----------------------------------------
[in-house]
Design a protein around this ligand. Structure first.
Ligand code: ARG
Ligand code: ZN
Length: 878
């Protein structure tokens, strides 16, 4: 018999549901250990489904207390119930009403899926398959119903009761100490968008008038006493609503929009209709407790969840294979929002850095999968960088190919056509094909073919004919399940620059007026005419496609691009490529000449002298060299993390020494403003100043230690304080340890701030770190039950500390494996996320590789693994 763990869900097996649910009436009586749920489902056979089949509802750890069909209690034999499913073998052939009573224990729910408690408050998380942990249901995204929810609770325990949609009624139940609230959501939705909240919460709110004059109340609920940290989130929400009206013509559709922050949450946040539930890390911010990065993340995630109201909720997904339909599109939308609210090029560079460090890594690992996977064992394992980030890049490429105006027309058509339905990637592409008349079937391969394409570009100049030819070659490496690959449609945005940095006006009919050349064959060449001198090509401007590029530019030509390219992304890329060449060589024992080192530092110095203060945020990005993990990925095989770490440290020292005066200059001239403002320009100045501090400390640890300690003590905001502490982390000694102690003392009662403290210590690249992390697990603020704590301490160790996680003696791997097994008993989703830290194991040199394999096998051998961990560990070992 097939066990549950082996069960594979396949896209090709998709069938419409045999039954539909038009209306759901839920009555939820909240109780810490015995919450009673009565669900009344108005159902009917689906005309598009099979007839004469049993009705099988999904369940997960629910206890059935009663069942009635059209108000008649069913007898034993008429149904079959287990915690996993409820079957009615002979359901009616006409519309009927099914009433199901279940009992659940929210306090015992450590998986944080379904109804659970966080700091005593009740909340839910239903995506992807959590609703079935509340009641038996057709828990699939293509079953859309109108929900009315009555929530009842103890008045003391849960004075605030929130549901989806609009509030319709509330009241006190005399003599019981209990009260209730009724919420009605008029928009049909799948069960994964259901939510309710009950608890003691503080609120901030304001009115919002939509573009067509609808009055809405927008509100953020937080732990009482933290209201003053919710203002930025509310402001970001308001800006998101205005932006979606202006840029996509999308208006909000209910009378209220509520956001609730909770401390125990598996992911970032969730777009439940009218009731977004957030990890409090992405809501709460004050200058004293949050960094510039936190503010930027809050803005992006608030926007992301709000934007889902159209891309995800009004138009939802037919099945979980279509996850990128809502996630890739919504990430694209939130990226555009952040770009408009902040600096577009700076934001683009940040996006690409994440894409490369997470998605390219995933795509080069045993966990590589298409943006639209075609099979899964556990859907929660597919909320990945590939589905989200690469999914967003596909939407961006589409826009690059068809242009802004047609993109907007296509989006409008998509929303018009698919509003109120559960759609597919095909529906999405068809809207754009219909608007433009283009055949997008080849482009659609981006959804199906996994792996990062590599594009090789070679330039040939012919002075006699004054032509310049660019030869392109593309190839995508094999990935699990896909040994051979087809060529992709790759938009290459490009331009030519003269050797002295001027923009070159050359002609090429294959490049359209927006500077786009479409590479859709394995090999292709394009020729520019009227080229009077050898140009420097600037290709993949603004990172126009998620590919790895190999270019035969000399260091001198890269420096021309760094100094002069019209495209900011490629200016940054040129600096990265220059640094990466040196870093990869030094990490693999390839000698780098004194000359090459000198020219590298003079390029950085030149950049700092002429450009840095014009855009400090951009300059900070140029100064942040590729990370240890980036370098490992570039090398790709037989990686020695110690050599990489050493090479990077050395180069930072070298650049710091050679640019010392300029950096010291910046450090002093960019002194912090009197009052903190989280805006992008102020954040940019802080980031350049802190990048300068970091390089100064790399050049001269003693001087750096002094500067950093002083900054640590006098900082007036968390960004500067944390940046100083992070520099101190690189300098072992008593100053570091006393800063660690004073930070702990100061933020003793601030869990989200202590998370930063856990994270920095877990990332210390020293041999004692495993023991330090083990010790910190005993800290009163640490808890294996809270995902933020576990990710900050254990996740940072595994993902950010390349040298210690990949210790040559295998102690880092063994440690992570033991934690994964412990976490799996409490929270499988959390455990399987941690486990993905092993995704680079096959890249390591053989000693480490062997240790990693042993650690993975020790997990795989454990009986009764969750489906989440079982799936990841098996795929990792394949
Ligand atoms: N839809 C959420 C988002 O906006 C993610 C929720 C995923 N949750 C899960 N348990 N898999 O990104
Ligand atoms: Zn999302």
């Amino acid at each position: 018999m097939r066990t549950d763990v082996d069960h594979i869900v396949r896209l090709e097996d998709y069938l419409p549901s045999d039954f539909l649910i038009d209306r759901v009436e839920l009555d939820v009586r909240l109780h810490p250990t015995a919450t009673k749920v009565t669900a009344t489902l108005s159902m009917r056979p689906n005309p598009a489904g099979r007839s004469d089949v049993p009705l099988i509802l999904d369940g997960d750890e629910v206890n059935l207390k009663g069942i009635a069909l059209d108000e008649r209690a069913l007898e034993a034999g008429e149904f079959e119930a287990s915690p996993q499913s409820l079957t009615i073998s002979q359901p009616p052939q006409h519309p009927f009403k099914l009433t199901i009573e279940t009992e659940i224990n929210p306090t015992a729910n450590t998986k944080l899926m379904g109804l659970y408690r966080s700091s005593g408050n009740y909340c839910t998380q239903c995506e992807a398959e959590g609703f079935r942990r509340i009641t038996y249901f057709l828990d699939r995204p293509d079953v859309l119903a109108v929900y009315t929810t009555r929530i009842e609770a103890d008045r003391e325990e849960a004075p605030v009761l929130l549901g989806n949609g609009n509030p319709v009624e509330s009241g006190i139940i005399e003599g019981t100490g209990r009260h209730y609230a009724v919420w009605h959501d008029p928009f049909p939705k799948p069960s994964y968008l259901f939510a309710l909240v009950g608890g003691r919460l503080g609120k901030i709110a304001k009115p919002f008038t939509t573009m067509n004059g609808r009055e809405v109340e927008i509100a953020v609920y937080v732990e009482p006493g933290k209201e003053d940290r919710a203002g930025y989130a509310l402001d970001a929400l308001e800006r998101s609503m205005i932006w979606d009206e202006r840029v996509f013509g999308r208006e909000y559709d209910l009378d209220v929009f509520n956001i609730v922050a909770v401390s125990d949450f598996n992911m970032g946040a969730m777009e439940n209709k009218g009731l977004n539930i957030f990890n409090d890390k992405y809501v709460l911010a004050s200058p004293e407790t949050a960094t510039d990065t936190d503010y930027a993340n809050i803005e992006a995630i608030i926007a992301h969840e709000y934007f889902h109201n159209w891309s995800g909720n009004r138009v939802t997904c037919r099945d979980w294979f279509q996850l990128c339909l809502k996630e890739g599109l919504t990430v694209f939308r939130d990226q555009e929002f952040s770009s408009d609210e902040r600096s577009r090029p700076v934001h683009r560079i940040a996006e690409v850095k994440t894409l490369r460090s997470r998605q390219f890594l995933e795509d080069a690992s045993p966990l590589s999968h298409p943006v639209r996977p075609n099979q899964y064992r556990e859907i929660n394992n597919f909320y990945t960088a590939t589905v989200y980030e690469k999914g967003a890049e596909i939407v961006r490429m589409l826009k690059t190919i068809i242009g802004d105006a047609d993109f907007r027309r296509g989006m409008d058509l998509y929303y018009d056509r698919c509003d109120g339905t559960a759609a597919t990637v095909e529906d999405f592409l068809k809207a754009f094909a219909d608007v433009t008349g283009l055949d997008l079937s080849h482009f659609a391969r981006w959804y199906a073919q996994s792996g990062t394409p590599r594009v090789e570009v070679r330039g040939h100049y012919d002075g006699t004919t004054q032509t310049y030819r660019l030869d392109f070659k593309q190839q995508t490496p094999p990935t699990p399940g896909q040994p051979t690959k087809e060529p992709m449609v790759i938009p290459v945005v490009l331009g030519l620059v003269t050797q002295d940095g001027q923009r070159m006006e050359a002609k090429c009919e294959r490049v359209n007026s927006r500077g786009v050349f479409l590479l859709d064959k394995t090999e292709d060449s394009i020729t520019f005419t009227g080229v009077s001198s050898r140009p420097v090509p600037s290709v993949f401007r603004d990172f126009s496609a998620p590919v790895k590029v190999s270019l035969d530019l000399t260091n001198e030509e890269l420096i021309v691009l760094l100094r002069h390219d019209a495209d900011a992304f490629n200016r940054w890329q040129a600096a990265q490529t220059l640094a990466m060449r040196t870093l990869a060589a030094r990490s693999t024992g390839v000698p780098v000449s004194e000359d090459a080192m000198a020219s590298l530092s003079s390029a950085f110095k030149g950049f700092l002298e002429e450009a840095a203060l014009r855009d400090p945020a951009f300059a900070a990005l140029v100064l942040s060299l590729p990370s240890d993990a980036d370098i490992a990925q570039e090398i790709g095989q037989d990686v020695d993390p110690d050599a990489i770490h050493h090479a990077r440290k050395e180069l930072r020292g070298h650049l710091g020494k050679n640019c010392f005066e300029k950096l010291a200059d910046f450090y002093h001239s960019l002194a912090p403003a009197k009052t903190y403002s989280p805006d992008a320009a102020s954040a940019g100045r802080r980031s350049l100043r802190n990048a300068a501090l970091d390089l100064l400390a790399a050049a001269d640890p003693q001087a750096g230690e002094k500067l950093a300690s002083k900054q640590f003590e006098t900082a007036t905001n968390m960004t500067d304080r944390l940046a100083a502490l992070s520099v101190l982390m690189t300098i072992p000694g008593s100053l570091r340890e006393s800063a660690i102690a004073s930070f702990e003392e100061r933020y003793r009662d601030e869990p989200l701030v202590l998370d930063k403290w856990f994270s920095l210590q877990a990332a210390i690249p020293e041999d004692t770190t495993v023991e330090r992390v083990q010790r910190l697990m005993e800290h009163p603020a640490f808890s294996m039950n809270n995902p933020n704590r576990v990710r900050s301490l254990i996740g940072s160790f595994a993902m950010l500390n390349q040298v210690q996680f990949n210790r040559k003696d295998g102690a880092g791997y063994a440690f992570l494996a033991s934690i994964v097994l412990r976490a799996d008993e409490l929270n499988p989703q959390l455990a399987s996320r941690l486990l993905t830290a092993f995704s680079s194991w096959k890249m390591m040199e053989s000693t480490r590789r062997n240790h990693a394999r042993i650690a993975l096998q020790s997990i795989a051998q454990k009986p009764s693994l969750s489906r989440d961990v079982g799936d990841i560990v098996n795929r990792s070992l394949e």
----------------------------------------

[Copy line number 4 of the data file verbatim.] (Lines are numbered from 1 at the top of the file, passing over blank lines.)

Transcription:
Ligand code: ZN